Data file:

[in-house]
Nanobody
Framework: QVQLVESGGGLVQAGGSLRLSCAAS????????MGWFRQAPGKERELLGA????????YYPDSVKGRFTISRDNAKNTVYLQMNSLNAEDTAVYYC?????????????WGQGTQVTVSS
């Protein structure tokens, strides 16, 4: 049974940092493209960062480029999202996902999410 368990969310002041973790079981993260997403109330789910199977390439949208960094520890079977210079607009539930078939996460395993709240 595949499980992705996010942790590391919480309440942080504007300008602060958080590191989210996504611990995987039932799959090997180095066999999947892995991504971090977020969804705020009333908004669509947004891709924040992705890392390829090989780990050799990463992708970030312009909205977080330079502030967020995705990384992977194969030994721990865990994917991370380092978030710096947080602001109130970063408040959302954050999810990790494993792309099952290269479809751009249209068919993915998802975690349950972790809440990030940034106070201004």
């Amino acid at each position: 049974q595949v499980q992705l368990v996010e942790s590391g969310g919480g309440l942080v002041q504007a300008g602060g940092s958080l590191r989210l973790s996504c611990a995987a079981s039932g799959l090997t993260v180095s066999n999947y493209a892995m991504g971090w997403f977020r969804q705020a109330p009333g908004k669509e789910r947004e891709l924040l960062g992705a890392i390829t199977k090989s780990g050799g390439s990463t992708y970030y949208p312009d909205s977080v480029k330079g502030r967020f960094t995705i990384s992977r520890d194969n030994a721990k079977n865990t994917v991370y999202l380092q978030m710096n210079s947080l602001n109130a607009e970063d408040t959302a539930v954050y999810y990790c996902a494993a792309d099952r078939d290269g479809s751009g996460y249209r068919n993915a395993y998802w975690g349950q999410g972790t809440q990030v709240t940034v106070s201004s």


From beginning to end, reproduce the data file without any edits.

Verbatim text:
[in-house]
Nanobody
Framework: QVQLVESGGGLVQAGGSLRLSCAAS????????MGWFRQAPGKERELLGA????????YYPDSVKGRFTISRDNAKNTVYLQMNSLNAEDTAVYYC?????????????WGQGTQVTVSS
């Protein structure tokens, strides 16, 4: 049974940092493209960062480029999202996902999410 368990969310002041973790079981993260997403109330789910199977390439949208960094520890079977210079607009539930078939996460395993709240 595949499980992705996010942790590391919480309440942080504007300008602060958080590191989210996504611990995987039932799959090997180095066999999947892995991504971090977020969804705020009333908004669509947004891709924040992705890392390829090989780990050799990463992708970030312009909205977080330079502030967020995705990384992977194969030994721990865990994917991370380092978030710096947080602001109130970063408040959302954050999810990790494993792309099952290269479809751009249209068919993915998802975690349950972790809440990030940034106070201004």
């Amino acid at each position: 049974q595949v499980q992705l368990v996010e942790s590391g969310g919480g309440l942080v002041q504007a300008g602060g940092s958080l590191r989210l973790s996504c611990a995987a079981s039932g799959l090997t993260v180095s066999n999947y493209a892995m991504g971090w997403f977020r969804q705020a109330p009333g908004k669509e789910r947004e891709l924040l960062g992705a890392i390829t199977k090989s780990g050799g390439s990463t992708y970030y949208p312009d909205s977080v480029k330079g502030r967020f960094t995705i990384s992977r520890d194969n030994a721990k079977n865990t994917v991370y999202l380092q978030m710096n210079s947080l602001n109130a607009e970063d408040t959302a539930v954050y999810y990790c996902a494993a792309d099952r078939d290269g479809s751009g996460y249209r068919n993915a395993y998802w975690g349950q999410g972790t809440q990030v709240t940034v106070s201004s």